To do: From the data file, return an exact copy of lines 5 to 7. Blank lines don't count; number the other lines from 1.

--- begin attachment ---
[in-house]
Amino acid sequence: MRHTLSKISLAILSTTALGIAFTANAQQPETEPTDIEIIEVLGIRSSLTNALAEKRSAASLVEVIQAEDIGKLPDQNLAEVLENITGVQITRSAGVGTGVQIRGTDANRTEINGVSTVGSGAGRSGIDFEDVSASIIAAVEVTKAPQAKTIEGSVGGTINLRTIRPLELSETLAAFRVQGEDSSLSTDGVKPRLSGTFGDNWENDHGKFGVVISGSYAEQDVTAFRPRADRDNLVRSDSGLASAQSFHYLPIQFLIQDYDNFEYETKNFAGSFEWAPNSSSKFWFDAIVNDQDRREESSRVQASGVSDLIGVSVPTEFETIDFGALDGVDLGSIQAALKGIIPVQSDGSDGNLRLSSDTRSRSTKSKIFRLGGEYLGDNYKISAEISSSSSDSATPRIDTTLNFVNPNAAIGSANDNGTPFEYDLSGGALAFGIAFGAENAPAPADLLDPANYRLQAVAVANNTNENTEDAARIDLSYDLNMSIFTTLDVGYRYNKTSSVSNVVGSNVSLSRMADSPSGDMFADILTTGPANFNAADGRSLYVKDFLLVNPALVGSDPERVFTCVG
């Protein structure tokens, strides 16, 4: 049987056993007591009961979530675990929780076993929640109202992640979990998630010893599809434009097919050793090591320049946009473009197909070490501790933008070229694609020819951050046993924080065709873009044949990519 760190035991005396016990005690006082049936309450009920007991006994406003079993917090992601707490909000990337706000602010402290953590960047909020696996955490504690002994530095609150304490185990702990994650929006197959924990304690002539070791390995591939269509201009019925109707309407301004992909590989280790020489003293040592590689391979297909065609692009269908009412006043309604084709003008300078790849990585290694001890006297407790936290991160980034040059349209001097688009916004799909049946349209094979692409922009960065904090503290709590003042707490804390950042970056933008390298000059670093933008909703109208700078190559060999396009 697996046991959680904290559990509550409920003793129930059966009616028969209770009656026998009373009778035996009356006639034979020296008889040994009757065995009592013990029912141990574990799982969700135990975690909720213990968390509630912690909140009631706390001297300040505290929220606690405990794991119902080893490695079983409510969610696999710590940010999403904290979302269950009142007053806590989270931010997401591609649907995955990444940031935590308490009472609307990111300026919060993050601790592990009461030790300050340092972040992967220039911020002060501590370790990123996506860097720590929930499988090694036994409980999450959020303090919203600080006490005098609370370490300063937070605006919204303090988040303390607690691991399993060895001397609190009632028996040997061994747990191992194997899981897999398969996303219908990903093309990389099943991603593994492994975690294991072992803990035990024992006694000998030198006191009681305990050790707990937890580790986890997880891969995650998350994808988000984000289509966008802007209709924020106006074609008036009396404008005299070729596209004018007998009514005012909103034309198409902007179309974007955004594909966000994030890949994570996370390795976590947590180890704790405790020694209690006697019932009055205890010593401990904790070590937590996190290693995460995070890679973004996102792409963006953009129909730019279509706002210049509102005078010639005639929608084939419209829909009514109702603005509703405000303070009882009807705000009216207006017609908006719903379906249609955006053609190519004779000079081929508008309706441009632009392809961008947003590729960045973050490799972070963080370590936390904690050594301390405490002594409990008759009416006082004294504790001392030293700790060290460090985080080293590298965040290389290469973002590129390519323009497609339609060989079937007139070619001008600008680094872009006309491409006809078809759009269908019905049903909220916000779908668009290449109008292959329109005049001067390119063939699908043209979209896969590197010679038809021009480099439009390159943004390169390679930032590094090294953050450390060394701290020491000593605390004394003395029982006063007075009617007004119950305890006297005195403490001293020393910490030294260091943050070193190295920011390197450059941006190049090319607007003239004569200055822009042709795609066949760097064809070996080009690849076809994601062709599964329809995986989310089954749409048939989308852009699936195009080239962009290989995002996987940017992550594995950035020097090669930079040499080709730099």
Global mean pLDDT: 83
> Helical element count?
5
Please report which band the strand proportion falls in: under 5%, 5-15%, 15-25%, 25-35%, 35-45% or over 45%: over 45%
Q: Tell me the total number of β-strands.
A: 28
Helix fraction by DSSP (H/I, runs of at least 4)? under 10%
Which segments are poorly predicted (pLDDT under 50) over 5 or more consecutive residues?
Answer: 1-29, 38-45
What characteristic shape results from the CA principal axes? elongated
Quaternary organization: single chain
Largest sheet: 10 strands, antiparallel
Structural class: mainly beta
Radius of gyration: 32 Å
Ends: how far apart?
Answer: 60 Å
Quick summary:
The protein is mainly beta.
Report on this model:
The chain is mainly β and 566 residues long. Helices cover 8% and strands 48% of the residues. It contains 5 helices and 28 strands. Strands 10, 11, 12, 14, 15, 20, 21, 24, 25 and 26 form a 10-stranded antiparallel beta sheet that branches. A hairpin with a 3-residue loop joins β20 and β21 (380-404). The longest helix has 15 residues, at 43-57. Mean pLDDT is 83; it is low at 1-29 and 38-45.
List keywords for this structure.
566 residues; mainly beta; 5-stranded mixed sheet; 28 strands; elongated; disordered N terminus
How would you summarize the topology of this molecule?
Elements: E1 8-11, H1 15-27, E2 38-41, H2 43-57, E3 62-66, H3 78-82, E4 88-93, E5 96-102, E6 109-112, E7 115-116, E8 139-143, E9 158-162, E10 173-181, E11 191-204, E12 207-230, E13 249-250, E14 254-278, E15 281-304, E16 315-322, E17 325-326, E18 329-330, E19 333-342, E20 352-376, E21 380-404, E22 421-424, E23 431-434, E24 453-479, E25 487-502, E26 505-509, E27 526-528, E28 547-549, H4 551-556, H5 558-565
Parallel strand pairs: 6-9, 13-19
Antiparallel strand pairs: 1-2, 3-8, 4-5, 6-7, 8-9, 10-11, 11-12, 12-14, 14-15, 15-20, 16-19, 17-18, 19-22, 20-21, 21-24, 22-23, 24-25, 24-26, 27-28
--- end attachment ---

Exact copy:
> Helical element count?
5
Please report which band the strand proportion falls in: under 5%, 5-15%, 15-25%, 25-35%, 35-45% or over 45%: over 45%